In an attempt to correct these problems, the researchers injected a sperm carrying the MYBPC3 defect into an oocyte (female egg) obtained from a healthy donor using the CRISPR-Cas9 technique. What they found was that introducing CRISPR-Cas9 at an earlier stage led to more efficient excision and a preference for the developing embryo to use the normal DNA from the mother to correct broken DNA—the HDR method for correction. This was a considerable surprise for the investigators, leading to a hypothesis that “human embryos employ different DNA repair mechanisms than do somatic or pluripotent cells, probably reflecting evolutionary requirements for stringent control over genome fidelity in the germ line.”
Using CRISPR-Cas9 in this manner produced embryos in which 82.4 percent had normal genes from both the mother and father. Moreover, as these embryos were allowed to divide into blastocysts, repeat genomic analysis demonstrated that the healthy DNA strands successfully replicated themselves in most cases.
More work is required to ensure sufficient safety standards before this technology is ready for clinical use. There may be other ways of increasing the percentage of healthy embryos and reducing the chance that the corrected DNA mutates again. Teams will need to correct genetic disorders other than HCM. More broadly, the gene editing technique will need to be further tested to ensure that other genetic disorders aren’t accidentally introduced. Ultimately, the process will need to be tested during an actual pregnancy.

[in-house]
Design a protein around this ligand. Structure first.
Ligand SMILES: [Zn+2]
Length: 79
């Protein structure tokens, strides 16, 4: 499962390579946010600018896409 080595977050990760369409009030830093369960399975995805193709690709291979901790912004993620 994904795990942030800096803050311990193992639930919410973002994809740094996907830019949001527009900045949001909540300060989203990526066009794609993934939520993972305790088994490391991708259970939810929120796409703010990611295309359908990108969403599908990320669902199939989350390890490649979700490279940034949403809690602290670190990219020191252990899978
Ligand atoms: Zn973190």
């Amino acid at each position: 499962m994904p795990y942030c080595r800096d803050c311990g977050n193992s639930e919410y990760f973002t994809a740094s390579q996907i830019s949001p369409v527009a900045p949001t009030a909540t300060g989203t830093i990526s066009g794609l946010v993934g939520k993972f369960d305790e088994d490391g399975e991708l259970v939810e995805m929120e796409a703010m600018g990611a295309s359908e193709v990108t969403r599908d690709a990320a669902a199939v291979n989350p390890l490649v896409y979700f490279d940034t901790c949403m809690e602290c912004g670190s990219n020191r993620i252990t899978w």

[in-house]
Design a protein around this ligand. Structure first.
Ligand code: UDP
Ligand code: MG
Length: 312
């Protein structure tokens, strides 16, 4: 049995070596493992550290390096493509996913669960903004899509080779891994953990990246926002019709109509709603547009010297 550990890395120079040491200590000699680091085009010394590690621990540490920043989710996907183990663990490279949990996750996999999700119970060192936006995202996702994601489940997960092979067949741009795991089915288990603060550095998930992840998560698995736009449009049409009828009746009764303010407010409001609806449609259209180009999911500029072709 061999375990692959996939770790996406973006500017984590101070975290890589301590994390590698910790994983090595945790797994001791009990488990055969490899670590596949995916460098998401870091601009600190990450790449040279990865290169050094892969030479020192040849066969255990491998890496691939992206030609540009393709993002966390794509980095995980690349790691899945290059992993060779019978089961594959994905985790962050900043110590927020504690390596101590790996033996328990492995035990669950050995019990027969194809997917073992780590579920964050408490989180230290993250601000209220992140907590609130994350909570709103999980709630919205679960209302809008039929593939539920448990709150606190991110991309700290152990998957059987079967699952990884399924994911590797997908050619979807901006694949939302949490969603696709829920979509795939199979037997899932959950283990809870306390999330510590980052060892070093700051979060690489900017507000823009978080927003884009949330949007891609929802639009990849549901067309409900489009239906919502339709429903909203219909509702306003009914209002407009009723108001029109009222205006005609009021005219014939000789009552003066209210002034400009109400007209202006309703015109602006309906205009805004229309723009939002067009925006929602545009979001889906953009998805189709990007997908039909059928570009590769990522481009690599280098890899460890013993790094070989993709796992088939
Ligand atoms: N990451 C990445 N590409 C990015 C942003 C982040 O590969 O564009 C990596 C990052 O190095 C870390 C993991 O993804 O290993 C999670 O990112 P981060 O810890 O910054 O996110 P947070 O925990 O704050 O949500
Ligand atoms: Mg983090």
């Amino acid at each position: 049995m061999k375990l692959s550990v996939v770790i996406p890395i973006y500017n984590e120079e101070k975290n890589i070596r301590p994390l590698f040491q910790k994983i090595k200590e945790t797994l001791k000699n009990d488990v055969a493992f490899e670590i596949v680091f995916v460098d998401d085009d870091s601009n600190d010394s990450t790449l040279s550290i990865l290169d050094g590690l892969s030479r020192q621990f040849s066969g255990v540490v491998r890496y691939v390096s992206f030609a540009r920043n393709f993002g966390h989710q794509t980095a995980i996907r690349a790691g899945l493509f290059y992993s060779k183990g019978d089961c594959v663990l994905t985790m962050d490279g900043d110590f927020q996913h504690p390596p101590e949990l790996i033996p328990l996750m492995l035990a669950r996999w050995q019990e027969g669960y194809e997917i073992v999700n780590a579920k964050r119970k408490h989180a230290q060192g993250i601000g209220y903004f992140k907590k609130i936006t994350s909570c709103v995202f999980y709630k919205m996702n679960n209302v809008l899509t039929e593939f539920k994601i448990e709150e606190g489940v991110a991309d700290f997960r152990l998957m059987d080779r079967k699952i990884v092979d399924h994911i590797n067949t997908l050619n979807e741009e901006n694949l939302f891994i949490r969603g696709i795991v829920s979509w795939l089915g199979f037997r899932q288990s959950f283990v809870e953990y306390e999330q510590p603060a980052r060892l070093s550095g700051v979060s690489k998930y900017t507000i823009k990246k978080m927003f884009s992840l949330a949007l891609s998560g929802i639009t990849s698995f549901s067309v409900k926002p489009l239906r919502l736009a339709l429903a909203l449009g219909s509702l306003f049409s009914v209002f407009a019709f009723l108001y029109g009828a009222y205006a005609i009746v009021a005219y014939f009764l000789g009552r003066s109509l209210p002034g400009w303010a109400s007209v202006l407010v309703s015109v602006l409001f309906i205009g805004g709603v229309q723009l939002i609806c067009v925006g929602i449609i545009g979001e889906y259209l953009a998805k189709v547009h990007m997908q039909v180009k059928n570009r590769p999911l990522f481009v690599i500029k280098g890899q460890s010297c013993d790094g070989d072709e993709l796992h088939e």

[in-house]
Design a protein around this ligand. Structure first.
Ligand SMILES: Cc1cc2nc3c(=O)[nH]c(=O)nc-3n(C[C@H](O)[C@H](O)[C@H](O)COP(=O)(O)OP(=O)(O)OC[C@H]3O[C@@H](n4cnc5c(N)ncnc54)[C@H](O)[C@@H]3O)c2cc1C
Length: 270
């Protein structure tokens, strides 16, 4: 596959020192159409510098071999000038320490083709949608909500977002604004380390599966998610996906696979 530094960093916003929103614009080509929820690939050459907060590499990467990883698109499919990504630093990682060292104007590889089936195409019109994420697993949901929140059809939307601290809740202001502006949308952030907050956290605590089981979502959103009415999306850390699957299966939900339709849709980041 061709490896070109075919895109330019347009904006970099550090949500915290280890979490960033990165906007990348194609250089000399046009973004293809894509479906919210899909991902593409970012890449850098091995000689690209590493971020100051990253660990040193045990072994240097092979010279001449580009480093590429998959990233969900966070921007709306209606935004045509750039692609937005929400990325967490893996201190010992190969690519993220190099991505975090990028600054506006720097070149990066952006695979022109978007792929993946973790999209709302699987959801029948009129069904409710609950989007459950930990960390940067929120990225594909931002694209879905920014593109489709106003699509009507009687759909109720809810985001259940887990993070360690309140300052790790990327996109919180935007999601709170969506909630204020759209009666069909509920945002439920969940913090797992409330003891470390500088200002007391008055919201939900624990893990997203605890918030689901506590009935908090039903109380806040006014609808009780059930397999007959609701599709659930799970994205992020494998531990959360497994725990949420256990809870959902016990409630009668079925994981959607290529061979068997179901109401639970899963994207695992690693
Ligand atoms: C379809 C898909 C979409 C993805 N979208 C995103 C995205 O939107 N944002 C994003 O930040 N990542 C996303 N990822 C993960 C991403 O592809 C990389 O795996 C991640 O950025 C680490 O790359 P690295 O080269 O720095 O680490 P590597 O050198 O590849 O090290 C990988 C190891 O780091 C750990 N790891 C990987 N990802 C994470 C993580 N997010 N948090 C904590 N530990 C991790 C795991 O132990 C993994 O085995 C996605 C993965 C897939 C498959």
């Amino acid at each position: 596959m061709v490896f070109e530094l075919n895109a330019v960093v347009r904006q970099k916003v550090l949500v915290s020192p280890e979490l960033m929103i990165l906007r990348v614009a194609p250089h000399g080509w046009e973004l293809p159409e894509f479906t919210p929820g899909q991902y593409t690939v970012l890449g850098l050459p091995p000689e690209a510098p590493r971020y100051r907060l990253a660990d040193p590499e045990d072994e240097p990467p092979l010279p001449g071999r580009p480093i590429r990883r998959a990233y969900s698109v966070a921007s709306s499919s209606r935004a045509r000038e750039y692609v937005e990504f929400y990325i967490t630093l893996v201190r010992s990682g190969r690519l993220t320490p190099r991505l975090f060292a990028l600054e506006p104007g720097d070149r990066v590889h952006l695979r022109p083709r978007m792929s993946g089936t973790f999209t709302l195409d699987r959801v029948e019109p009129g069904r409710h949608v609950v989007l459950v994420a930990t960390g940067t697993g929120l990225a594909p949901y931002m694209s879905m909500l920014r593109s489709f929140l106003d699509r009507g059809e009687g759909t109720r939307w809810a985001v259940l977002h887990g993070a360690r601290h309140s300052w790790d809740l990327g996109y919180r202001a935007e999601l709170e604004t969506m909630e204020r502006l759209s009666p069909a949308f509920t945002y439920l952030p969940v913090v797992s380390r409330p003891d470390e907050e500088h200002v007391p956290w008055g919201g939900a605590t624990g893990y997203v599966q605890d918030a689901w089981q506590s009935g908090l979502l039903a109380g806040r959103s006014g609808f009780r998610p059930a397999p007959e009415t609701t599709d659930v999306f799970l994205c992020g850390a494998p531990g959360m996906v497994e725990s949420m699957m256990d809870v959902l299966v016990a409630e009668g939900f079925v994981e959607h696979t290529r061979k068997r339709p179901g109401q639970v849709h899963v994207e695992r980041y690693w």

As for the fears cited by some, Alta Charo, a bioethicist at the University of Wisconsin at Madison, stated that she doubts a flood of couples will have “edited” children. She told the New York Times, “Nobody’s going to do this for trivial reasons. Sex is cheaper, and it’s more fun than IVF, so unless you’ve got a real need, you’re not going to use it.”
There are of course class questions regarding the creation of “designer babies.” The current experiments are privately funded, as reactionary laws prohibit US tax dollars from being used in embryo research. This means that the process of curing genetic disorders could become patented and turned into a source of profit, only available to the select few who are able to afford it. Or it could be weaponized by military contractors like Academi (formerly Blackwater and Xe Services) in order to make genetically engineered soldiers hired out to kill at the behest of US imperialism.
Such questions highlight the contradiction of the developments in genetic engineering. Their potential for abuse is high. At the same time, the fact that humanity has the scientific and technical prowess necessary to correct a defect in the DNA of a human embryo is a significant advance in our understanding of the development of life.